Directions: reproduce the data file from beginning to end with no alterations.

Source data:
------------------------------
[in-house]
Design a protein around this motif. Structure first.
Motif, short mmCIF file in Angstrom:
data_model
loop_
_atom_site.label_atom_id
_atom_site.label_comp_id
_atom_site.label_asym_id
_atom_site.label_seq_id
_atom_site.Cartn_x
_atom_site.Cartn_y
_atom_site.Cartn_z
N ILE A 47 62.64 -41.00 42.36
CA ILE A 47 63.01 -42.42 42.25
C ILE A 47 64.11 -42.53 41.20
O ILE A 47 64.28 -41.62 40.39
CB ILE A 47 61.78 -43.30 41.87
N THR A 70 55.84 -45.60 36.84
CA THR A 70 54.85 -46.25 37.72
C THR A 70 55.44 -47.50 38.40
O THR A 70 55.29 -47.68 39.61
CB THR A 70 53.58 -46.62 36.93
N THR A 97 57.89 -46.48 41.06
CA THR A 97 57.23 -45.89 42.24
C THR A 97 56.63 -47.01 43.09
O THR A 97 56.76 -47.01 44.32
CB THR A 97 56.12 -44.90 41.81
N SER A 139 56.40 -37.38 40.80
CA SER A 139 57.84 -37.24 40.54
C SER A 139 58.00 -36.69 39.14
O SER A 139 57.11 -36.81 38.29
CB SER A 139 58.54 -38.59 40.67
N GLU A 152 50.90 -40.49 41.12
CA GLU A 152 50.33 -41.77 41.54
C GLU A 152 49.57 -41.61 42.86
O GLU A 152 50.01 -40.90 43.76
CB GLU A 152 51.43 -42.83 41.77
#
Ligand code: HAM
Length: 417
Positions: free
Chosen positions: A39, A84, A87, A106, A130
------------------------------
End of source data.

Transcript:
[in-house]
Design a protein around this motif. Structure first.
Motif, short mmCIF file in Angstrom:
data_model
loop_
_atom_site.label_atom_id
_atom_site.label_comp_id
_atom_site.label_asym_id
_atom_site.label_seq_id
_atom_site.Cartn_x
_atom_site.Cartn_y
_atom_site.Cartn_z
N ILE A 47 62.64 -41.00 42.36
CA ILE A 47 63.01 -42.42 42.25
C ILE A 47 64.11 -42.53 41.20
O ILE A 47 64.28 -41.62 40.39
CB ILE A 47 61.78 -43.30 41.87
N THR A 70 55.84 -45.60 36.84
CA THR A 70 54.85 -46.25 37.72
C THR A 70 55.44 -47.50 38.40
O THR A 70 55.29 -47.68 39.61
CB THR A 70 53.58 -46.62 36.93
N THR A 97 57.89 -46.48 41.06
CA THR A 97 57.23 -45.89 42.24
C THR A 97 56.63 -47.01 43.09
O THR A 97 56.76 -47.01 44.32
CB THR A 97 56.12 -44.90 41.81
N SER A 139 56.40 -37.38 40.80
CA SER A 139 57.84 -37.24 40.54
C SER A 139 58.00 -36.69 39.14
O SER A 139 57.11 -36.81 38.29
CB SER A 139 58.54 -38.59 40.67
N GLU A 152 50.90 -40.49 41.12
CA GLU A 152 50.33 -41.77 41.54
C GLU A 152 49.57 -41.61 42.86
O GLU A 152 50.01 -40.90 43.76
CB GLU A 152 51.43 -42.83 41.77
#
Ligand code: HAM
Length: 417
Positions: free
Chosen positions: A39, A84, A87, A106, A130